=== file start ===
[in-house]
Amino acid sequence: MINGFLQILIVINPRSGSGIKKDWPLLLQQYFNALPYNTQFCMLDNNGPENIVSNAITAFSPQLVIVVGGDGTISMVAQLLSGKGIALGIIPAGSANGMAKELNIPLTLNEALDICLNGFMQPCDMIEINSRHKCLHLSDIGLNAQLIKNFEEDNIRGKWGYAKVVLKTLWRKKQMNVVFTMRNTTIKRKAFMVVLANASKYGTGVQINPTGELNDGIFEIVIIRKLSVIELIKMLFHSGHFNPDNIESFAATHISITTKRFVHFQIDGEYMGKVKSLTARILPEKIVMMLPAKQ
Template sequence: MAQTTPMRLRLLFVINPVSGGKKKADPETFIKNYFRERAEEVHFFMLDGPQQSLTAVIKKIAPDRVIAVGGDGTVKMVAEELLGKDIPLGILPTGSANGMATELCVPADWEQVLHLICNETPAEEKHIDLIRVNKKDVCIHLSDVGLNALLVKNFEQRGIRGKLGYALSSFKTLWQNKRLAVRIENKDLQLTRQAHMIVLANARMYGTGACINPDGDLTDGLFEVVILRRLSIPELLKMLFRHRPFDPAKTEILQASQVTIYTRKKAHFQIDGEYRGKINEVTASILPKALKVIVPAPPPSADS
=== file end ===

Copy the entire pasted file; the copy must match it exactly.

[in-house]
Amino acid sequence: MINGFLQILIVINPRSGSGIKKDWPLLLQQYFNALPYNTQFCMLDNNGPENIVSNAITAFSPQLVIVVGGDGTISMVAQLLSGKGIALGIIPAGSANGMAKELNIPLTLNEALDICLNGFMQPCDMIEINSRHKCLHLSDIGLNAQLIKNFEEDNIRGKWGYAKVVLKTLWRKKQMNVVFTMRNTTIKRKAFMVVLANASKYGTGVQINPTGELNDGIFEIVIIRKLSVIELIKMLFHSGHFNPDNIESFAATHISITTKRFVHFQIDGEYMGKVKSLTARILPEKIVMMLPAKQ
Template sequence: MAQTTPMRLRLLFVINPVSGGKKKADPETFIKNYFRERAEEVHFFMLDGPQQSLTAVIKKIAPDRVIAVGGDGTVKMVAEELLGKDIPLGILPTGSANGMATELCVPADWEQVLHLICNETPAEEKHIDLIRVNKKDVCIHLSDVGLNALLVKNFEQRGIRGKLGYALSSFKTLWQNKRLAVRIENKDLQLTRQAHMIVLANARMYGTGACINPDGDLTDGLFEVVILRRLSIPELLKMLFRHRPFDPAKTEILQASQVTIYTRKKAHFQIDGEYRGKINEVTASILPKALKVIVPAPPPSADS